IDB Invest’s Sacristán agrees: “We are always trying to minimise gender-based risks, but we also strive to maximise our developmental impact. One area where we have really been leaders is in the use of incentives around employment – including recruitment, retention and leadership – of women in the clean energy sector.”

Building careers in Latin America

Atlas Renewable Energy is a pan-Latin America platform established by Actis in 2017.

Atlas Renewable Energy has introduced a range of programmes to improve local women’s access to employment, entrepreneurial opportunities and leadership positions across the region.

This includes 580 women who have been trained in solar panel installation. “The objective here is that they end up with a qualification, which allows them to build a career, rather than just a job, so the focus is on transferable skills, and training and development, not just job creation,” explains Actis partner Lucy Heintz.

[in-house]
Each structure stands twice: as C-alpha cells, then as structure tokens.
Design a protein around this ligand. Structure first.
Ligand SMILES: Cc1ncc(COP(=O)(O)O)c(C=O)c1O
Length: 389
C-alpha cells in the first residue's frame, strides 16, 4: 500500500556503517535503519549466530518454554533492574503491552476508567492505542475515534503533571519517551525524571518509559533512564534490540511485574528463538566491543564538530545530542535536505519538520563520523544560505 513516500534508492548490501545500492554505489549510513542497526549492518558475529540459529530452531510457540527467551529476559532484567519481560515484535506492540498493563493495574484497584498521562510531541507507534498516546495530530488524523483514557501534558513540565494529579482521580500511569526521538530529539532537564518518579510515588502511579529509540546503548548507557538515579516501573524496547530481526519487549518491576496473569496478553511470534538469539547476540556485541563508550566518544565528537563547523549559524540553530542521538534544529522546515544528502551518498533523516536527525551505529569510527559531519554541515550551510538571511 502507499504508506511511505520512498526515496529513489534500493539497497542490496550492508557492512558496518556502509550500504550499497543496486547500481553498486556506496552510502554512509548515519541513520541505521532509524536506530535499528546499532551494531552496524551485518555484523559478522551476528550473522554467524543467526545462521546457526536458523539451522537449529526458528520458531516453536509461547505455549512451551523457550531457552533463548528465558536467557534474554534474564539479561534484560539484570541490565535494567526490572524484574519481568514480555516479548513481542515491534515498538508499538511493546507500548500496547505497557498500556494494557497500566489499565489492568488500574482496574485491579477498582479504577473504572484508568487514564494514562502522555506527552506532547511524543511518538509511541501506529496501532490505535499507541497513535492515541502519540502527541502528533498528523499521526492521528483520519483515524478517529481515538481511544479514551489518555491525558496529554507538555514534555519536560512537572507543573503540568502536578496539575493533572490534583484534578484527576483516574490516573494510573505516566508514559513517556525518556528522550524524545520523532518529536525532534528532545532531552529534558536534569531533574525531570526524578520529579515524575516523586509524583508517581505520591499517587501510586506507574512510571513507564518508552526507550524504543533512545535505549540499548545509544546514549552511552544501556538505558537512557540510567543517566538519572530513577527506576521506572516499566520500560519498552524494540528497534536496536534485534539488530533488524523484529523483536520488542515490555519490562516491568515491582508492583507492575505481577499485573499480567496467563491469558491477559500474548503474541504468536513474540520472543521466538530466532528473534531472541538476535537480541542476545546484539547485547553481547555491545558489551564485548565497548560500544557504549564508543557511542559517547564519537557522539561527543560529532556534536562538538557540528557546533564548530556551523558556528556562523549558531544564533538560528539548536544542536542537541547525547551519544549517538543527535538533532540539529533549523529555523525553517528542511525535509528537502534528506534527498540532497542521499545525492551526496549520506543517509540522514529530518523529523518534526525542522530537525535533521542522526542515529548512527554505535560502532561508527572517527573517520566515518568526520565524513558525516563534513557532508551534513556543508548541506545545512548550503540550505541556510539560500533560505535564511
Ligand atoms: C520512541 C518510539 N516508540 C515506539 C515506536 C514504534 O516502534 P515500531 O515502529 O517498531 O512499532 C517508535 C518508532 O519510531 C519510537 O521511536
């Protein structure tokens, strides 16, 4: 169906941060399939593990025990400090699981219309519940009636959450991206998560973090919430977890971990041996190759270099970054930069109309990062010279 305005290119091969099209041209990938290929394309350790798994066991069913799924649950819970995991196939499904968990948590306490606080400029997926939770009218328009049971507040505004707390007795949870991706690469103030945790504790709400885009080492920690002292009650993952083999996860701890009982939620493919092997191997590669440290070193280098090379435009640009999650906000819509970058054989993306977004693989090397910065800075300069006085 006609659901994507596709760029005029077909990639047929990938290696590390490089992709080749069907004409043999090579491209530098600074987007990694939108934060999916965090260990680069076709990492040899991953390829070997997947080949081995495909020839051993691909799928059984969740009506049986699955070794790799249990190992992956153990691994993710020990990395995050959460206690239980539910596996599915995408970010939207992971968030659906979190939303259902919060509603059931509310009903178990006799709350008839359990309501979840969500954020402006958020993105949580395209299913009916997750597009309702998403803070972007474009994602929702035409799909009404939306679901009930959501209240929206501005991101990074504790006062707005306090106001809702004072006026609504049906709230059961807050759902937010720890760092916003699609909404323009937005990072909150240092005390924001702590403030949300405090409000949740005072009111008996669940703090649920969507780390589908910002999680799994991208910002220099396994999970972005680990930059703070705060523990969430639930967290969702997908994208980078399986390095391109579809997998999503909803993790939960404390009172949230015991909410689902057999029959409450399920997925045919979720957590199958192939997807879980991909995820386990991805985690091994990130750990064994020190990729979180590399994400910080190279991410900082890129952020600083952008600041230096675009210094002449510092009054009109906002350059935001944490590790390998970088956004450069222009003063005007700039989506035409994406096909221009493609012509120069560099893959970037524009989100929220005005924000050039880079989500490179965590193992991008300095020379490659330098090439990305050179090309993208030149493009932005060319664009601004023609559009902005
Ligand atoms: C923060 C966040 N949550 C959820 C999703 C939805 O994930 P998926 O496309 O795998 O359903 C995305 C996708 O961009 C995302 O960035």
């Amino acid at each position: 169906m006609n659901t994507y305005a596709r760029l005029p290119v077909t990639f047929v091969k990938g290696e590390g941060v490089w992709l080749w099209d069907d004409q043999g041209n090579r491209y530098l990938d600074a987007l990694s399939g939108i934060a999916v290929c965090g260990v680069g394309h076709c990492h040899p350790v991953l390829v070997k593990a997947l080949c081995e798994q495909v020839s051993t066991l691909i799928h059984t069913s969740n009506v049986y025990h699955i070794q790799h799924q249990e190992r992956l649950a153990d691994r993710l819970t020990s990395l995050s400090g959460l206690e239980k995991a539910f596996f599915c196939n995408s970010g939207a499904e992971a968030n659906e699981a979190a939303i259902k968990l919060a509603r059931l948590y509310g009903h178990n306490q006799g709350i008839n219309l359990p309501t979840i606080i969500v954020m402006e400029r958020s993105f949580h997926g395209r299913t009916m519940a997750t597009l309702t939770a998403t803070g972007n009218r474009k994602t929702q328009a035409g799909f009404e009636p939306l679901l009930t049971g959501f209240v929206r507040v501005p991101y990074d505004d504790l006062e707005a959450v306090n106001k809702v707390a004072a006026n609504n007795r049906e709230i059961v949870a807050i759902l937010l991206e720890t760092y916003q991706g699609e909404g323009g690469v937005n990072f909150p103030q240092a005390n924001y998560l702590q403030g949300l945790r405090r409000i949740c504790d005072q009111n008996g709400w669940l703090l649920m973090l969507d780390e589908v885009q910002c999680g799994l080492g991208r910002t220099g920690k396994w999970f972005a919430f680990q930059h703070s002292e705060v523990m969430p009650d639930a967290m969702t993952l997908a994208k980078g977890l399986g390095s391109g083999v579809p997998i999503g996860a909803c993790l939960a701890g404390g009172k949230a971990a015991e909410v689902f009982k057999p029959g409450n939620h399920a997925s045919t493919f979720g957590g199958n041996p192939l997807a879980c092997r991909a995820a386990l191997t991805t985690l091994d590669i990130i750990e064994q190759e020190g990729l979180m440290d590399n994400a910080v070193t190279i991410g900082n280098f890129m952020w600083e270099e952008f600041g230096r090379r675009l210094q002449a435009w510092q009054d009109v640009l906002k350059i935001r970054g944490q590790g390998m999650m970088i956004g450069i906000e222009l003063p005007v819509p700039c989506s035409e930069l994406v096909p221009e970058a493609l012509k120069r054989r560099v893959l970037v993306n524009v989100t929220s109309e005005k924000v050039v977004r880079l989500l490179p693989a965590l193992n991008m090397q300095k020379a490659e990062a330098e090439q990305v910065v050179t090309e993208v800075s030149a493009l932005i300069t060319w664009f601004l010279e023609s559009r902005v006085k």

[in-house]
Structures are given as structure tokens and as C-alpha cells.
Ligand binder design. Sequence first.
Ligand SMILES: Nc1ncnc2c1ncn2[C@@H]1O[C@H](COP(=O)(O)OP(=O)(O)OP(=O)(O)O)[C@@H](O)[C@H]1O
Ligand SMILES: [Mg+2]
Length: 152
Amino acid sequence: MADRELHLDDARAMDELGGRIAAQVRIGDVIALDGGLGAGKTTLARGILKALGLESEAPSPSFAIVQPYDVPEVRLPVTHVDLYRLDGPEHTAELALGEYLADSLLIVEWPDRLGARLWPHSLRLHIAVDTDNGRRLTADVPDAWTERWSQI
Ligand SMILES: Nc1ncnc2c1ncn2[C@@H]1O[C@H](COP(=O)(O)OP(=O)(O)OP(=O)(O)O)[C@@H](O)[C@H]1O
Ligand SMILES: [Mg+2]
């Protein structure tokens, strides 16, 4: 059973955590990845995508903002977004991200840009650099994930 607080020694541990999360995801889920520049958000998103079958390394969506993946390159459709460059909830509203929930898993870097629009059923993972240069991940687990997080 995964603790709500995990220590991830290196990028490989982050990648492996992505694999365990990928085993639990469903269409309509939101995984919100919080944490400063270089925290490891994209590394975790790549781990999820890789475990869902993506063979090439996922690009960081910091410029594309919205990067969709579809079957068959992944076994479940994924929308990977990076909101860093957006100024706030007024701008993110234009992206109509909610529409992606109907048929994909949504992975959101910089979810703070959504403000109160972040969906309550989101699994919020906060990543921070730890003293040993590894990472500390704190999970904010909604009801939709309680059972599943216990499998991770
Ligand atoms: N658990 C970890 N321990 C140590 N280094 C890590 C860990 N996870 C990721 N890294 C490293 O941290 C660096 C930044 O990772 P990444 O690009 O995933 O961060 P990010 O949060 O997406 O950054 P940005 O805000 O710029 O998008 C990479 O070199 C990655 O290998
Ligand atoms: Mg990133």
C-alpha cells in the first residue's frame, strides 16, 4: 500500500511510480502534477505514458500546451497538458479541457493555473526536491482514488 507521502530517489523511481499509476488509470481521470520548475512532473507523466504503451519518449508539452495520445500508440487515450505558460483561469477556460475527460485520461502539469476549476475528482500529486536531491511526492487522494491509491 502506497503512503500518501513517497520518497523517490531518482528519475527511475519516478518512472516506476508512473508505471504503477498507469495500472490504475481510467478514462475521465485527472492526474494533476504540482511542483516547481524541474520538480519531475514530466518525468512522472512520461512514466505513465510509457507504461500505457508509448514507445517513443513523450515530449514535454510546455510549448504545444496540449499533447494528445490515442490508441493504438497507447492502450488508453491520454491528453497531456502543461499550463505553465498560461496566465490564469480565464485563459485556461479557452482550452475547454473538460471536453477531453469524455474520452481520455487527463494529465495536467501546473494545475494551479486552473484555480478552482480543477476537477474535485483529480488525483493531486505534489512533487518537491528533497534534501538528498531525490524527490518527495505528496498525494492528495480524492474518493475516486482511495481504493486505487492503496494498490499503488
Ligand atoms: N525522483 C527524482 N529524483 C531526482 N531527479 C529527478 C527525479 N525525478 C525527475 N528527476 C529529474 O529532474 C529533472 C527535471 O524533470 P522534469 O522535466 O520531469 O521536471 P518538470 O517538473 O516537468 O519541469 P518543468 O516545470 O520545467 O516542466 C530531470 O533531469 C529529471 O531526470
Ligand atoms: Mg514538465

Gender diversity for all

While impact investors have led the way in efforts to advance women’s equality through infrastructure, more non-impact funds are applying a gender lens to their ESG strategies, in a way that is expanding the parameters of traditional risk management. A key issue they set out to tackle is the significant shortfall of women employed in infrastructure sectors.

Asset manager Igneo Infrastructure Partners has set diversity as one of its five minimum standards for ESG performance, which all the firm’s portfolio companies are required to meet within 18-24 months of acquisition. “If a company has poor performance on diversity, then in the asset management plan we have to come up with a solution, a way that we’re going to address the issue during our ownership of the company and bring their standards up to ours,” says Sophie Durham, Igneo’s head of ESG.

Setting out recruitment priorities and tracking progress against diversity targets is a key pillar in Igneo’s action plan. “When you look across our portfolio, we’ve doubled female representation at the board level in five years. Women represented 23 percent of senior management in our portfolio companies in 2021, approaching our long-term ambition to reach 30 percent female representation,” says Durham.

Among Igneo’s companies are Spanish car parking business Parkia, Scandinavian ferry operators ForSea Ferries and Scandlines, and OLT, which operates a floating regasification terminal in offshore Italy. All of these stand out for their progressive female representation in heavily male-dominated sectors.